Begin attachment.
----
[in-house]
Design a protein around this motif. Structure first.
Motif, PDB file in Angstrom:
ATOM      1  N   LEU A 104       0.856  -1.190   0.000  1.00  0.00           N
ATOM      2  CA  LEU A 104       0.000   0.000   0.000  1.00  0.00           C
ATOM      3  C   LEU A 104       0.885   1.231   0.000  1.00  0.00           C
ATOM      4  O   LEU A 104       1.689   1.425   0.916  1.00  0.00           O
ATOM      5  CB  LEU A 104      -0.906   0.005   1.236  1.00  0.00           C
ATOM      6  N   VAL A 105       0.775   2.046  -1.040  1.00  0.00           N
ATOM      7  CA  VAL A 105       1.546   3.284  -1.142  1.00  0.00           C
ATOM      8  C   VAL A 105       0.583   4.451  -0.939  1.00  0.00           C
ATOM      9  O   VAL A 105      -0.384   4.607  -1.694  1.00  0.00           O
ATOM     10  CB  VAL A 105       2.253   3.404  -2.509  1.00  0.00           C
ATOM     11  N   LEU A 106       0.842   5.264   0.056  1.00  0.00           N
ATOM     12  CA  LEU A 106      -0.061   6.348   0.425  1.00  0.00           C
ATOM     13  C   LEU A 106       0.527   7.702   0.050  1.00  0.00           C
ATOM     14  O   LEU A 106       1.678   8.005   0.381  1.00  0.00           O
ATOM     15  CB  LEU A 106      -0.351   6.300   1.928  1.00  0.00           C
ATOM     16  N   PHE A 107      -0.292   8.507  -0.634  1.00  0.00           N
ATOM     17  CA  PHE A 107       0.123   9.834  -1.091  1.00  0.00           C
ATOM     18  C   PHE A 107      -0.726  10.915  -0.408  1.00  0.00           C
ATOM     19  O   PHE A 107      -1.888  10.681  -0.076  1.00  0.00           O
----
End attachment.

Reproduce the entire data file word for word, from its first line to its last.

[in-house]
Design a protein around this motif. Structure first.
Motif, PDB file in Angstrom:
ATOM      1  N   LEU A 104       0.856  -1.190   0.000  1.00  0.00           N
ATOM      2  CA  LEU A 104       0.000   0.000   0.000  1.00  0.00           C
ATOM      3  C   LEU A 104       0.885   1.231   0.000  1.00  0.00           C
ATOM      4  O   LEU A 104       1.689   1.425   0.916  1.00  0.00           O
ATOM      5  CB  LEU A 104      -0.906   0.005   1.236  1.00  0.00           C
ATOM      6  N   VAL A 105       0.775   2.046  -1.040  1.00  0.00           N
ATOM      7  CA  VAL A 105       1.546   3.284  -1.142  1.00  0.00           C
ATOM      8  C   VAL A 105       0.583   4.451  -0.939  1.00  0.00           C
ATOM      9  O   VAL A 105      -0.384   4.607  -1.694  1.00  0.00           O
ATOM     10  CB  VAL A 105       2.253   3.404  -2.509  1.00  0.00           C
ATOM     11  N   LEU A 106       0.842   5.264   0.056  1.00  0.00           N
ATOM     12  CA  LEU A 106      -0.061   6.348   0.425  1.00  0.00           C
ATOM     13  C   LEU A 106       0.527   7.702   0.050  1.00  0.00           C
ATOM     14  O   LEU A 106       1.678   8.005   0.381  1.00  0.00           O
ATOM     15  CB  LEU A 106      -0.351   6.300   1.928  1.00  0.00           C
ATOM     16  N   PHE A 107      -0.292   8.507  -0.634  1.00  0.00           N
ATOM     17  CA  PHE A 107       0.123   9.834  -1.091  1.00  0.00           C
ATOM     18  C   PHE A 107      -0.726  10.915  -0.408  1.00  0.00           C
ATOM     19  O   PHE A 107      -1.888  10.681  -0.076  1.00  0.00           O